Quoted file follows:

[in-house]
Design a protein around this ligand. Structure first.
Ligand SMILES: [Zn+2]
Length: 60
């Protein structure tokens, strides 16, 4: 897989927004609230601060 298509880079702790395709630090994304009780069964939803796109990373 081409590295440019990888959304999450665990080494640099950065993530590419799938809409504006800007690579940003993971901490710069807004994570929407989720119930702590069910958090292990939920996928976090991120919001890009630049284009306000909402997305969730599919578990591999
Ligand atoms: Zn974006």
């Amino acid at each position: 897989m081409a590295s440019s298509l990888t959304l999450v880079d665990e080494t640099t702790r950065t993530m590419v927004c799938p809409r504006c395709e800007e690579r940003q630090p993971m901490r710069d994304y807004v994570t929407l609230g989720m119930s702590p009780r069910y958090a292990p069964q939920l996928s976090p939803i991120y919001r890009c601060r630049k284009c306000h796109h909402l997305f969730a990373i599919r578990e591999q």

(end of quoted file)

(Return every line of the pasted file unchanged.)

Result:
[in-house]
Design a protein around this ligand. Structure first.
Ligand SMILES: [Zn+2]
Length: 60
């Protein structure tokens, strides 16, 4: 897989927004609230601060 298509880079702790395709630090994304009780069964939803796109990373 081409590295440019990888959304999450665990080494640099950065993530590419799938809409504006800007690579940003993971901490710069807004994570929407989720119930702590069910958090292990939920996928976090991120919001890009630049284009306000909402997305969730599919578990591999
Ligand atoms: Zn974006």
């Amino acid at each position: 897989m081409a590295s440019s298509l990888t959304l999450v880079d665990e080494t640099t702790r950065t993530m590419v927004c799938p809409r504006c395709e800007e690579r940003q630090p993971m901490r710069d994304y807004v994570t929407l609230g989720m119930s702590p009780r069910y958090a292990p069964q939920l996928s976090p939803i991120y919001r890009c601060r630049k284009c306000h796109h909402l997305f969730a990373i599919r578990e591999q």